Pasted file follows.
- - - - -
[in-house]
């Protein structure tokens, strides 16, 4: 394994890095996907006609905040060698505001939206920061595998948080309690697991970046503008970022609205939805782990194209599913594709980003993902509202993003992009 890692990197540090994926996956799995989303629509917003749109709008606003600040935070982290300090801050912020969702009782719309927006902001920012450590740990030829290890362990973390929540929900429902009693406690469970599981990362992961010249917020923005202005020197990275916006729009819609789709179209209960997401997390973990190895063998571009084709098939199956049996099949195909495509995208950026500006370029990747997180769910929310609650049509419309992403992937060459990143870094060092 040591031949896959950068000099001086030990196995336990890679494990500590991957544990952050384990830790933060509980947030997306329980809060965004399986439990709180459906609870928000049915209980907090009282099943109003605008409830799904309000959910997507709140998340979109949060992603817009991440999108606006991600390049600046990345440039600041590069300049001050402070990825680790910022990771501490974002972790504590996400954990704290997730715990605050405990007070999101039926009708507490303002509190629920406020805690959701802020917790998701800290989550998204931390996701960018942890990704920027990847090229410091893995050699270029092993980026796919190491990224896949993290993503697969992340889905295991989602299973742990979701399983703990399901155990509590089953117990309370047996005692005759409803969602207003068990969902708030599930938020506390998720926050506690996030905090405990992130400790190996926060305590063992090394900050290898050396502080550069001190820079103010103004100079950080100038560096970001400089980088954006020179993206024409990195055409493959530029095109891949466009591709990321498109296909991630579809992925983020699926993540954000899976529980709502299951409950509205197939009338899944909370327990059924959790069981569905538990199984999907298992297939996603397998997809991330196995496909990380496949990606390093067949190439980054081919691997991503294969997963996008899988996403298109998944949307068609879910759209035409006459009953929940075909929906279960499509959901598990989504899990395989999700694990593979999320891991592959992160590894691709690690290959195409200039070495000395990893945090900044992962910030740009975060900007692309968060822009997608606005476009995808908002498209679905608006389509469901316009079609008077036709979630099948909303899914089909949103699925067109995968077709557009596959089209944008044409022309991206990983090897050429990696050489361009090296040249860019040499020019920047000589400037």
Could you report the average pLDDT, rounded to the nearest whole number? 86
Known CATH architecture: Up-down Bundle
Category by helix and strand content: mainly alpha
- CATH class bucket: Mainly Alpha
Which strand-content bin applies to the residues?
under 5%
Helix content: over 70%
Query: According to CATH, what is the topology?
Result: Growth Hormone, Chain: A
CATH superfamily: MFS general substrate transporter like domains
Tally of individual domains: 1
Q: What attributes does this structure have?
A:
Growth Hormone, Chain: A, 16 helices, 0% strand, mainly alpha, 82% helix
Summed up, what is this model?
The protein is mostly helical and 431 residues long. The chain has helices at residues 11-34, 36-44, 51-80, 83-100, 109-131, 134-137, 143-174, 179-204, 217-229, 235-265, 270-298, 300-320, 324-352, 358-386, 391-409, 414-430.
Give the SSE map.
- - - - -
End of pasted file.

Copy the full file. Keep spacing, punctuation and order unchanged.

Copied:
[in-house]
């Protein structure tokens, strides 16, 4: 394994890095996907006609905040060698505001939206920061595998948080309690697991970046503008970022609205939805782990194209599913594709980003993902509202993003992009 890692990197540090994926996956799995989303629509917003749109709008606003600040935070982290300090801050912020969702009782719309927006902001920012450590740990030829290890362990973390929540929900429902009693406690469970599981990362992961010249917020923005202005020197990275916006729009819609789709179209209960997401997390973990190895063998571009084709098939199956049996099949195909495509995208950026500006370029990747997180769910929310609650049509419309992403992937060459990143870094060092 040591031949896959950068000099001086030990196995336990890679494990500590991957544990952050384990830790933060509980947030997306329980809060965004399986439990709180459906609870928000049915209980907090009282099943109003605008409830799904309000959910997507709140998340979109949060992603817009991440999108606006991600390049600046990345440039600041590069300049001050402070990825680790910022990771501490974002972790504590996400954990704290997730715990605050405990007070999101039926009708507490303002509190629920406020805690959701802020917790998701800290989550998204931390996701960018942890990704920027990847090229410091893995050699270029092993980026796919190491990224896949993290993503697969992340889905295991989602299973742990979701399983703990399901155990509590089953117990309370047996005692005759409803969602207003068990969902708030599930938020506390998720926050506690996030905090405990992130400790190996926060305590063992090394900050290898050396502080550069001190820079103010103004100079950080100038560096970001400089980088954006020179993206024409990195055409493959530029095109891949466009591709990321498109296909991630579809992925983020699926993540954000899976529980709502299951409950509205197939009338899944909370327990059924959790069981569905538990199984999907298992297939996603397998997809991330196995496909990380496949990606390093067949190439980054081919691997991503294969997963996008899988996403298109998944949307068609879910759209035409006459009953929940075909929906279960499509959901598990989504899990395989999700694990593979999320891991592959992160590894691709690690290959195409200039070495000395990893945090900044992962910030740009975060900007692309968060822009997608606005476009995808908002498209679905608006389509469901316009079609008077036709979630099948909303899914089909949103699925067109995968077709557009596959089209944008044409022309991206990983090897050429990696050489361009090296040249860019040499020019920047000589400037």
Could you report the average pLDDT, rounded to the nearest whole number? 86
Known CATH architecture: Up-down Bundle
Category by helix and strand content: mainly alpha
- CATH class bucket: Mainly Alpha
Which strand-content bin applies to the residues?
under 5%
Helix content: over 70%
Query: According to CATH, what is the topology?
Result: Growth Hormone, Chain: A
CATH superfamily: MFS general substrate transporter like domains
Tally of individual domains: 1
Q: What attributes does this structure have?
A:
Growth Hormone, Chain: A, 16 helices, 0% strand, mainly alpha, 82% helix
Summed up, what is this model?
The protein is mostly helical and 431 residues long. The chain has helices at residues 11-34, 36-44, 51-80, 83-100, 109-131, 134-137, 143-174, 179-204, 217-229, 235-265, 270-298, 300-320, 324-352, 358-386, 391-409, 414-430.
Give the SSE map.